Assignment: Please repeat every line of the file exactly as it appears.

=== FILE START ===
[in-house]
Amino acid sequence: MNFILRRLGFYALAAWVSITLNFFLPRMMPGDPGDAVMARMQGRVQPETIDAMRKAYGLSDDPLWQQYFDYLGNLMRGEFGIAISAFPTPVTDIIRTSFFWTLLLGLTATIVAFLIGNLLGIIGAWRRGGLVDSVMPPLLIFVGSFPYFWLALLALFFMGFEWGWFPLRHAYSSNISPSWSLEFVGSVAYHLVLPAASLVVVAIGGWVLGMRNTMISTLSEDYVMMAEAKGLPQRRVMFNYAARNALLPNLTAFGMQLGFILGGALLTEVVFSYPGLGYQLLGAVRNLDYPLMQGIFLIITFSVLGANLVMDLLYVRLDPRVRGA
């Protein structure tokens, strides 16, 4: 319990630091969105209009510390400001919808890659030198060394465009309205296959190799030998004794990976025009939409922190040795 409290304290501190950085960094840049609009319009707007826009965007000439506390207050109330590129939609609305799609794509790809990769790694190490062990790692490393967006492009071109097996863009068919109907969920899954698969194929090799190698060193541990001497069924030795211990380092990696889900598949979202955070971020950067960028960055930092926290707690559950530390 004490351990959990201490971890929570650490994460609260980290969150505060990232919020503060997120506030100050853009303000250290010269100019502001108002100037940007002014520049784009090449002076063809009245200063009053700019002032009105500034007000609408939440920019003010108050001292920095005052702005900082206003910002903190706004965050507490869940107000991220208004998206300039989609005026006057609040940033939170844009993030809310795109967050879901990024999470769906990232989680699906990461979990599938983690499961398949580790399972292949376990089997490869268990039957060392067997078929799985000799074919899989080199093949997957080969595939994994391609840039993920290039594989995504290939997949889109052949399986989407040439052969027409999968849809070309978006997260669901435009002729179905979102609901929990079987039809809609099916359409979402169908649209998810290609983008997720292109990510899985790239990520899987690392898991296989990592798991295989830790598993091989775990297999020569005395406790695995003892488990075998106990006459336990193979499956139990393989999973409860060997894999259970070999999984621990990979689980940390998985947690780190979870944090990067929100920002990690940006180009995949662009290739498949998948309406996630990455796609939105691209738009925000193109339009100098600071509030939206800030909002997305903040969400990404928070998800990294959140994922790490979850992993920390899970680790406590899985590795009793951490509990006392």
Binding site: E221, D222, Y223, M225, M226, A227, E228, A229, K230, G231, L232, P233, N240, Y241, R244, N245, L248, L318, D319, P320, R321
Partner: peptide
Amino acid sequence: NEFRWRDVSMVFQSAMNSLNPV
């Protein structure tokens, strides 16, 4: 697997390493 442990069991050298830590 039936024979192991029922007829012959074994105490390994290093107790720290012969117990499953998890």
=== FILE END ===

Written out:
[in-house]
Amino acid sequence: MNFILRRLGFYALAAWVSITLNFFLPRMMPGDPGDAVMARMQGRVQPETIDAMRKAYGLSDDPLWQQYFDYLGNLMRGEFGIAISAFPTPVTDIIRTSFFWTLLLGLTATIVAFLIGNLLGIIGAWRRGGLVDSVMPPLLIFVGSFPYFWLALLALFFMGFEWGWFPLRHAYSSNISPSWSLEFVGSVAYHLVLPAASLVVVAIGGWVLGMRNTMISTLSEDYVMMAEAKGLPQRRVMFNYAARNALLPNLTAFGMQLGFILGGALLTEVVFSYPGLGYQLLGAVRNLDYPLMQGIFLIITFSVLGANLVMDLLYVRLDPRVRGA
């Protein structure tokens, strides 16, 4: 319990630091969105209009510390400001919808890659030198060394465009309205296959190799030998004794990976025009939409922190040795 409290304290501190950085960094840049609009319009707007826009965007000439506390207050109330590129939609609305799609794509790809990769790694190490062990790692490393967006492009071109097996863009068919109907969920899954698969194929090799190698060193541990001497069924030795211990380092990696889900598949979202955070971020950067960028960055930092926290707690559950530390 004490351990959990201490971890929570650490994460609260980290969150505060990232919020503060997120506030100050853009303000250290010269100019502001108002100037940007002014520049784009090449002076063809009245200063009053700019002032009105500034007000609408939440920019003010108050001292920095005052702005900082206003910002903190706004965050507490869940107000991220208004998206300039989609005026006057609040940033939170844009993030809310795109967050879901990024999470769906990232989680699906990461979990599938983690499961398949580790399972292949376990089997490869268990039957060392067997078929799985000799074919899989080199093949997957080969595939994994391609840039993920290039594989995504290939997949889109052949399986989407040439052969027409999968849809070309978006997260669901435009002729179905979102609901929990079987039809809609099916359409979402169908649209998810290609983008997720292109990510899985790239990520899987690392898991296989990592798991295989830790598993091989775990297999020569005395406790695995003892488990075998106990006459336990193979499956139990393989999973409860060997894999259970070999999984621990990979689980940390998985947690780190979870944090990067929100920002990690940006180009995949662009290739498949998948309406996630990455796609939105691209738009925000193109339009100098600071509030939206800030909002997305903040969400990404928070998800990294959140994922790490979850992993920390899970680790406590899985590795009793951490509990006392």
Binding site: E221, D222, Y223, M225, M226, A227, E228, A229, K230, G231, L232, P233, N240, Y241, R244, N245, L248, L318, D319, P320, R321
Partner: peptide
Amino acid sequence: NEFRWRDVSMVFQSAMNSLNPV
């Protein structure tokens, strides 16, 4: 697997390493 442990069991050298830590 039936024979192991029922007829012959074994105490390994290093107790720290012969117990499953998890």